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which contrasts with an average for the coal fields of North America of 0.91. But the excessive shaft accident rate for Illinois is by no means an exception. In Indiana the combined rate was 2.87, for Oklahoma 3.11, for Iowa 2.18, for Nova Scotia 2.61, and for Washiington 3.99 per 10,000. Accidents of this kind constitute, therefore, quite an important factor in the fatality rates of certain States, and it may be assumed that if the returns were everywhere accurate and complete the true fatality rates due to shaft and cage accidents of all kinds would be higher than the rates as officially returned and given in the above table and in Table XXIII of the appendix. (9)

MINE CARS.

Mine cars caused 2.201 fatal accidents in the North American coal fields during the decade ending with 1908, out of a total of 18,316 accidents from all causes. The standard or average fatality rate due to mine cars was 4.04 per 10.000 employees, but the rates vary considerably in the different coal areas, as shown by the following table: FATAL-ACCIDENT RATES IN COAL MINING IN NORTIL AMERICA DIE TO MIXE

CARS, FOR THE PERIOD 1899 TO 1908.

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The mine car fatality rate ranges from a minimum of 2.05 per 10,000 for the west-central section to 8.01 per 10.000 for the Pacific coast section. Mine equipment, of course, has a bearing upon the degree of accident occurrence, but how far this is the case can not be determined by the brief account rendered in most of the official reports on accidents of this class. Riding on loaded cars contrary to orders is probably one of the chief reasons for the difference, and another probable reason is in the better discipline and control of mine labor in the Eastern States compared with the South and West.

Among the States and Provinces, with rates of mine car fatalities much above the average, reference may be made to British Columbia with a rate of 7.63; Colorado, 7.01; Oklahoma, 7.26; l'tah, 8.33; Washington, 8.37; and West Virginia, 6.18 per 10,000.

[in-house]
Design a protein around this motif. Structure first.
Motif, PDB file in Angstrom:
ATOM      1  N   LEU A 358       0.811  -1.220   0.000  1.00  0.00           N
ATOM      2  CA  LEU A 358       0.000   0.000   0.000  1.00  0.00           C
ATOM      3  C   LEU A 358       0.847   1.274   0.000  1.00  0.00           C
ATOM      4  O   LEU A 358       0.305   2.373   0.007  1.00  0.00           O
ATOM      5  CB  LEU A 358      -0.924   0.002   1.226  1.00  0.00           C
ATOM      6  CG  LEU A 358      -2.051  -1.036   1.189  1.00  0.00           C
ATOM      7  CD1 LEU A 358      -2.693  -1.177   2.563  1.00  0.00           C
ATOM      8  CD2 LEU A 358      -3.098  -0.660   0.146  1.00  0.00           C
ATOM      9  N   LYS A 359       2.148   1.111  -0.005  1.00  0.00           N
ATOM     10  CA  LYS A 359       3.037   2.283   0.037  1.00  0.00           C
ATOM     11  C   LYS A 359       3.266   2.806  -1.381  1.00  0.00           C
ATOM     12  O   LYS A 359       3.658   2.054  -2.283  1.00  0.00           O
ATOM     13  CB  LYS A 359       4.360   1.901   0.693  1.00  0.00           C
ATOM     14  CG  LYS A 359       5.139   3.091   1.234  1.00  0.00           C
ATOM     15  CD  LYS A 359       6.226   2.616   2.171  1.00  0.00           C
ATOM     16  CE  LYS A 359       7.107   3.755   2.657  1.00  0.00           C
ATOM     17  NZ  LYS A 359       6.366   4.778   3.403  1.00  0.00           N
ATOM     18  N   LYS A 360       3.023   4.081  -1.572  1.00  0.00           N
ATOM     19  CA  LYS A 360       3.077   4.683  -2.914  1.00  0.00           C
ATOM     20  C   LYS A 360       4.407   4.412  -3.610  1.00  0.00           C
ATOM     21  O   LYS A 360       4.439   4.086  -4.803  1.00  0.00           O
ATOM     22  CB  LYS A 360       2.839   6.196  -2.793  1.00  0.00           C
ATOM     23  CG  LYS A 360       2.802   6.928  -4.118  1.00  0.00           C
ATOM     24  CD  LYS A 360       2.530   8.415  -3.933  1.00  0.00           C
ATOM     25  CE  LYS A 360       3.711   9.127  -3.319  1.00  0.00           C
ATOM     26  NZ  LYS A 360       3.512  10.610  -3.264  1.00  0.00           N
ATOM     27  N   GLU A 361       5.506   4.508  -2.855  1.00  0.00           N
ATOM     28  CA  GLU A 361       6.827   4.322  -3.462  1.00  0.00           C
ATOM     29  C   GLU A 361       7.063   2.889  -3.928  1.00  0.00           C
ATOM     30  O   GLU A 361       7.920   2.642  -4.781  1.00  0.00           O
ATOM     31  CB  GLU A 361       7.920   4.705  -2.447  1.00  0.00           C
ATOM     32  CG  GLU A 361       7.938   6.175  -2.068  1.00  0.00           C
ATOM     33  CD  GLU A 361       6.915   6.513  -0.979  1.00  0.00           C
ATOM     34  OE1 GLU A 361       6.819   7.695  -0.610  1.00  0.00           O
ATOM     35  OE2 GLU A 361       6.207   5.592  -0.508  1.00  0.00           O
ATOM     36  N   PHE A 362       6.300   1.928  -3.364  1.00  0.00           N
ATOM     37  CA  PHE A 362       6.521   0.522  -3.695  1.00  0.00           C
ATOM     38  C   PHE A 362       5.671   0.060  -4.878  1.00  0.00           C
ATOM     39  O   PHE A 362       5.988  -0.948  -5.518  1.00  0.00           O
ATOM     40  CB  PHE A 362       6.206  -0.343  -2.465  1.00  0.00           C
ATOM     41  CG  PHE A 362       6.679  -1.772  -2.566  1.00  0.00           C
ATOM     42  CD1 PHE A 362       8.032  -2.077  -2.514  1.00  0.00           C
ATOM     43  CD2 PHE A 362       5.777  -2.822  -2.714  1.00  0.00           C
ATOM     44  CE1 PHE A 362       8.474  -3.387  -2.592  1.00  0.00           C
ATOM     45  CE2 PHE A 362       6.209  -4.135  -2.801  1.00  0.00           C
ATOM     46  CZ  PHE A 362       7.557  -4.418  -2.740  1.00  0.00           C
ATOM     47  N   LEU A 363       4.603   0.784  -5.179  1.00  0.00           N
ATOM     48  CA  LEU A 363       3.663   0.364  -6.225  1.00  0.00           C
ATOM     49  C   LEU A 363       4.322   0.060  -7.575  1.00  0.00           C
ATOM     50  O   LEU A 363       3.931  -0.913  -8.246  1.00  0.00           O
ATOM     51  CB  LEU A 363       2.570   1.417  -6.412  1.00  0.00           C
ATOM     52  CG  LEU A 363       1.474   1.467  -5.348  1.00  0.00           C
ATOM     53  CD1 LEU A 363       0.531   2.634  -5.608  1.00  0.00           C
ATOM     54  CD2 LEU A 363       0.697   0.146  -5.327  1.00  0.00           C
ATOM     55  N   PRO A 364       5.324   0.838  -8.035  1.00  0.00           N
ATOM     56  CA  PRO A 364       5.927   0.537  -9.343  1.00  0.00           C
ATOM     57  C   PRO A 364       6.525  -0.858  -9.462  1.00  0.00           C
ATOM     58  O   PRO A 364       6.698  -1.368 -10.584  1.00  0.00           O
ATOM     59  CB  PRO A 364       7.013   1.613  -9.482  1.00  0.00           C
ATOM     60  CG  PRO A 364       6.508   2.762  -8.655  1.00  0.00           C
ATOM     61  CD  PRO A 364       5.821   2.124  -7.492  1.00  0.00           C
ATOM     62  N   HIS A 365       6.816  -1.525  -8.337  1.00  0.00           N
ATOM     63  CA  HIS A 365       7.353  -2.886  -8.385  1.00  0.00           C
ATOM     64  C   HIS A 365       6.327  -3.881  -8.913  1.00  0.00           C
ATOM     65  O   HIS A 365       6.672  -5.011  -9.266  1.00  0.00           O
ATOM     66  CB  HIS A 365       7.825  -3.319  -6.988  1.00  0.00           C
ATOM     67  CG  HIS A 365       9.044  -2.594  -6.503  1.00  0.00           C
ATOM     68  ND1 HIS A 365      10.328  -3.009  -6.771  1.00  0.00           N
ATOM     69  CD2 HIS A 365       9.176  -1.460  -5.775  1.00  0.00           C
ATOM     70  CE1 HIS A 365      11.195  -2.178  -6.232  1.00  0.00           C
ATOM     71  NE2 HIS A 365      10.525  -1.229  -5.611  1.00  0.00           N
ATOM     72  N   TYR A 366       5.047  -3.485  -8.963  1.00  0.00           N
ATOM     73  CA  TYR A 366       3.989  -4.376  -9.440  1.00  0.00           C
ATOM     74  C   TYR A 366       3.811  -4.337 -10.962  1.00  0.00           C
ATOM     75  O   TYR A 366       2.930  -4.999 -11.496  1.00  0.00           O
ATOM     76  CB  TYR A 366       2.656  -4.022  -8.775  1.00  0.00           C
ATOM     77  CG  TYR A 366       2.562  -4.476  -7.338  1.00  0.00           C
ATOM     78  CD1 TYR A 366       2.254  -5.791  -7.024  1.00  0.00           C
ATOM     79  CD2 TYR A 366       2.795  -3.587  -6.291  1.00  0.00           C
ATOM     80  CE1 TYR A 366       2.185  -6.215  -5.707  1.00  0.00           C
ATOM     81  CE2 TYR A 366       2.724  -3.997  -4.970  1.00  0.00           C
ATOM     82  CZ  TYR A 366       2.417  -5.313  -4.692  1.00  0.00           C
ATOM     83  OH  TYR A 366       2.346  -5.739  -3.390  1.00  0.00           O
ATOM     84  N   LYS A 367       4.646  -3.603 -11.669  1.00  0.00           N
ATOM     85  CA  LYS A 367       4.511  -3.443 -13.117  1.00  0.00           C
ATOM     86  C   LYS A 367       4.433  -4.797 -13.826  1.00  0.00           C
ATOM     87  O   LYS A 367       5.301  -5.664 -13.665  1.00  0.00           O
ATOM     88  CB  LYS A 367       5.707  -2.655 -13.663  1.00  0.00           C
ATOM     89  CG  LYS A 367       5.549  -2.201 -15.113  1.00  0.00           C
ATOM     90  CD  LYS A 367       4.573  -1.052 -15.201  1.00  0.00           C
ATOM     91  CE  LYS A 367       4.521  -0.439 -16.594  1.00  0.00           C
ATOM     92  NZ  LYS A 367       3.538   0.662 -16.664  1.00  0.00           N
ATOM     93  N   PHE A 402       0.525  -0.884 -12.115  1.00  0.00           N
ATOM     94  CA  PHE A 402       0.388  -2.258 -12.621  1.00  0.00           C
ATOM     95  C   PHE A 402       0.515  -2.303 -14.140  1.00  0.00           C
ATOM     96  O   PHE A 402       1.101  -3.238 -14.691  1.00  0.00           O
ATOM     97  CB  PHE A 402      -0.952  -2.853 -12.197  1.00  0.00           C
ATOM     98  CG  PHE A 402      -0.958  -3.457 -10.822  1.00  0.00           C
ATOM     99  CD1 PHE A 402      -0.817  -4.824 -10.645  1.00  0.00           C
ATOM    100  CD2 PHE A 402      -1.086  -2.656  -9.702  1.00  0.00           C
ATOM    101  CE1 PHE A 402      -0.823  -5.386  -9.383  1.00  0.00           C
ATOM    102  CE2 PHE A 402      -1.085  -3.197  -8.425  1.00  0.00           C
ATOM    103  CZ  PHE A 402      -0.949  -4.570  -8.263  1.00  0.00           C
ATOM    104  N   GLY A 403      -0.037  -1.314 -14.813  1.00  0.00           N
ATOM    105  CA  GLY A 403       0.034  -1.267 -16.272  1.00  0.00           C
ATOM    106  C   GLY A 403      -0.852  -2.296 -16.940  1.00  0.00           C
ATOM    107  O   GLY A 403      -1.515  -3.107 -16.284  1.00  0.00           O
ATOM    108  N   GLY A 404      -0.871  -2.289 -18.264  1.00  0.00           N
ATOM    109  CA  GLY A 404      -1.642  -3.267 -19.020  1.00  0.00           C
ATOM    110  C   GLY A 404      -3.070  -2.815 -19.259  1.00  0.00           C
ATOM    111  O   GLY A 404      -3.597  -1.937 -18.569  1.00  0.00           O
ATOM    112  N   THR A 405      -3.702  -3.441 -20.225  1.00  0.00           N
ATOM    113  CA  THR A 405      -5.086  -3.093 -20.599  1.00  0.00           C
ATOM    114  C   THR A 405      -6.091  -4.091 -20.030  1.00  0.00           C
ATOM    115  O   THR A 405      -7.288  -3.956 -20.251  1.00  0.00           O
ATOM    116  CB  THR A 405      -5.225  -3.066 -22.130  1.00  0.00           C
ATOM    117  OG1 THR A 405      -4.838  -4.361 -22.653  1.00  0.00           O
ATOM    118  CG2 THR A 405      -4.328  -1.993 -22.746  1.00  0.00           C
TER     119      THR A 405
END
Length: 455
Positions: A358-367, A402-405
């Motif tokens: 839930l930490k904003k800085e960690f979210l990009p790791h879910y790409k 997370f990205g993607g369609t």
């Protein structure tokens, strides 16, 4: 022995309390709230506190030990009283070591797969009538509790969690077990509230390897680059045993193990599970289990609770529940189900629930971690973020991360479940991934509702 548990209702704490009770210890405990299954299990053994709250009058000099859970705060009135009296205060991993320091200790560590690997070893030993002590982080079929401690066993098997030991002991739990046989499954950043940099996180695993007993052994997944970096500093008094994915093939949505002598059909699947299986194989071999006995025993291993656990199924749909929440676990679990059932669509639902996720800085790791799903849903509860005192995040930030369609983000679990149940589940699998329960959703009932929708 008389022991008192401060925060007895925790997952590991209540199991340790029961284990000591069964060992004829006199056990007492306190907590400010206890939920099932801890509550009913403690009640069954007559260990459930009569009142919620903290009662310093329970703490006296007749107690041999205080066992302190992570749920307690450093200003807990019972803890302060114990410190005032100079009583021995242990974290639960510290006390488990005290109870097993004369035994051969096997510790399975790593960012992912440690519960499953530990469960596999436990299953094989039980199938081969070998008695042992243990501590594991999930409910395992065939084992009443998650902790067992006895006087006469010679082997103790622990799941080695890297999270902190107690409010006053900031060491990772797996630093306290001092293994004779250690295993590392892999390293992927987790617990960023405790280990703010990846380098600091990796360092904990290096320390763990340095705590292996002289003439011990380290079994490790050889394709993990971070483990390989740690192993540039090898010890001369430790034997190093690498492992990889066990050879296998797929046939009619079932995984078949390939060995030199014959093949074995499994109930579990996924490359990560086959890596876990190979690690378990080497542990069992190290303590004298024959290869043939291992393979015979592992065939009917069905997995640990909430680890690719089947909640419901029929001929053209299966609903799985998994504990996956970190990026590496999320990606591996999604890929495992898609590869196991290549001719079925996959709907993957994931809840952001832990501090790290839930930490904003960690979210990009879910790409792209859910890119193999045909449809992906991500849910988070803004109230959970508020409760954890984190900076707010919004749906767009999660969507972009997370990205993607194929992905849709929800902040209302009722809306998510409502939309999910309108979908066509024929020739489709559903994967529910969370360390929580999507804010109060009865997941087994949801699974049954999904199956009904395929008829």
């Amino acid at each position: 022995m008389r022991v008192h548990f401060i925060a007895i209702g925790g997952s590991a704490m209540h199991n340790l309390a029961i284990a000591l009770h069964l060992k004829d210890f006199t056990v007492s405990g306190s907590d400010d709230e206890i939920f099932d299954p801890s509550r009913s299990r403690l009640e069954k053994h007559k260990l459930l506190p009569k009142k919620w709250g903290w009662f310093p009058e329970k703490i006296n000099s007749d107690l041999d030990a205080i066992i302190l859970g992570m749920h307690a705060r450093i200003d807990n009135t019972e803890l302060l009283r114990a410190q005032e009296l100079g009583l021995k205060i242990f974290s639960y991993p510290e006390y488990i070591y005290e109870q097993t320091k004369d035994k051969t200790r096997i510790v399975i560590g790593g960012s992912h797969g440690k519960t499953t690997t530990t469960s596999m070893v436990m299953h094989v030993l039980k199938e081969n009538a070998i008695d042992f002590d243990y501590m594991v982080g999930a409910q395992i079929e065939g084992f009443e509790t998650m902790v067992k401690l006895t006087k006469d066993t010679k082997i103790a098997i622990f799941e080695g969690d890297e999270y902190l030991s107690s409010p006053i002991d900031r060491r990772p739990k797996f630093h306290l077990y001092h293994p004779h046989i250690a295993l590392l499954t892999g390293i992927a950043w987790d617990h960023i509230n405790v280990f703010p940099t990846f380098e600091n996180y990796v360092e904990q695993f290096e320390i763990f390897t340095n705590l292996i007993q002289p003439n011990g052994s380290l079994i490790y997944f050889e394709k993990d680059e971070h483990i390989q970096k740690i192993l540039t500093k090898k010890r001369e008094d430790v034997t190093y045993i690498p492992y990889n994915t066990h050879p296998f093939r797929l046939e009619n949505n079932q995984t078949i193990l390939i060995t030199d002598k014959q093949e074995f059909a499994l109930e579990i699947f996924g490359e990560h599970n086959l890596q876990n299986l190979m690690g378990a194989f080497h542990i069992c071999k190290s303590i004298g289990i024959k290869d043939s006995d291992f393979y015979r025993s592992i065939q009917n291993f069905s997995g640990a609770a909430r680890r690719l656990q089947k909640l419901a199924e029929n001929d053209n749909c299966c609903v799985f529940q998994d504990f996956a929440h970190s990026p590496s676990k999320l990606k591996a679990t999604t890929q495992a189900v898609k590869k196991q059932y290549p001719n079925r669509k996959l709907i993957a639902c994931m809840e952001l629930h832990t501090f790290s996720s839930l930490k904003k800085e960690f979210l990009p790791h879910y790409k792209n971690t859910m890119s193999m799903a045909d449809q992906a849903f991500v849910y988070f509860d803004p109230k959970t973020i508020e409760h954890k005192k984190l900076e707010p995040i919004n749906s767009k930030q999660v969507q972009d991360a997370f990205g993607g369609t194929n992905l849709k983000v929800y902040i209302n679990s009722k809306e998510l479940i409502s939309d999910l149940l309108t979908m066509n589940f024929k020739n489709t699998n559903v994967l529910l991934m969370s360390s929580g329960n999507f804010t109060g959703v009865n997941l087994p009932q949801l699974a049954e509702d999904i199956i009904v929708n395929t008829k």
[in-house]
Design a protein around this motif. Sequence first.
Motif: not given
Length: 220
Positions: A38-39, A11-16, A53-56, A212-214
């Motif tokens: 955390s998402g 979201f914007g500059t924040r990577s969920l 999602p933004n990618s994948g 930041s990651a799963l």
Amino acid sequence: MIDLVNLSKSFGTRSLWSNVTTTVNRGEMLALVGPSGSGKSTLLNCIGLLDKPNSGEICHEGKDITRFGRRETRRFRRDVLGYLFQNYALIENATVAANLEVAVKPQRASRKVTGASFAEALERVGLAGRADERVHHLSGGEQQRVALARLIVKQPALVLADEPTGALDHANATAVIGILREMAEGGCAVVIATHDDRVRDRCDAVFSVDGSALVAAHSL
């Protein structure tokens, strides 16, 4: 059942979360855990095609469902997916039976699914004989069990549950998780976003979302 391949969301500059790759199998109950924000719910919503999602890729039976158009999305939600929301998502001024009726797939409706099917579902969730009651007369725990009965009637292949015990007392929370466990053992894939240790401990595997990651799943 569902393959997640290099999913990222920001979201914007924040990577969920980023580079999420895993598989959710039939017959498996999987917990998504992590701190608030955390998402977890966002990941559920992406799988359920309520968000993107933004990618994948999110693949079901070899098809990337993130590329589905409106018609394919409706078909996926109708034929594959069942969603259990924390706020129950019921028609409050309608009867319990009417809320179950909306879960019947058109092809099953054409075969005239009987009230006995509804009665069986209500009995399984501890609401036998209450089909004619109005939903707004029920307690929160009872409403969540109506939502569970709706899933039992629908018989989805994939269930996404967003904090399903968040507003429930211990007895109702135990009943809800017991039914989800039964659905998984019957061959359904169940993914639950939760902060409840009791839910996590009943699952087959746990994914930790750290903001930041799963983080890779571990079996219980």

a See also the Report of the Committee appointed by the Royal ('ommission on Mines to Inquire into the Causes of and Means of Preventing Acridents from Falls of Ground, Underground Haulage and in Shafts; Parliamentary paper (d. 4521, London, 1909.

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classified. Granting probable defects in the returns, it is surprising to find that the fatality rate due to motors should be as low as 0.06 per 10,000 in the eastern coal field, which comprehends the States of Maryland, Pennsylvania, and Ohio. In Illinois, for illustration, out of 1,391 fatal accidents only 4, or 0.08 per 10,000 employed, were officially ascribed to motors, while in Ohio 19 out of 1,027, or 0.17 per 10,000 employed, were attributed to this cause. No deaths due to motors were officially reported as having occurred in the coal mines of Pennsylvania, which, no doubt, is partly due to errors in classification. For these reasons, it would serve no practical purpose to discuss the fatality rates due to motors in the different coal areas and coal mining States, but the self-evident defect in coal mining statisties clearly brings out the necessity of a uniform classification of causes to be agreed upon by the mining officials of the different States.

EXPLOSIONS OF GAS OR DUST. Statistical defects are inherent in all classification, but they can be materially reduced by a critical examination of individual returns. Of no group of causes is this more true than of gas and dust explosions, explosions of dynamite and powder, blasts, etc. There are practical difficulties to be overcome which at times will baffle even the most skilled, for cause and effect will often be confused, and it will occasionally occur that the true but insignificant cause of a coalmining accident is overshadowed by the disastrous effect. A can of powder explodes and results in a subsequent gas and dust explosion with a considerable loss of life. Should such an explosion be classified under explosives or explosions? Or, a naked light ignites fire damp and causes a small gas explosion, which results in the explosion of an underground powder magazine, with disastrous results to life. Should such an accident be classified as gas explosion, or as a powder explosion? A compromise is necessary in such cases, but it would be of great value if definite rules gorerned in the statistical classification. It is due to these differences in the determination of the true cause that so many apparent errors and contradictions occur in coal-mining accident statistics and without a definite understanding among the different mine officials, a decided improvement can not be expected for many years to come.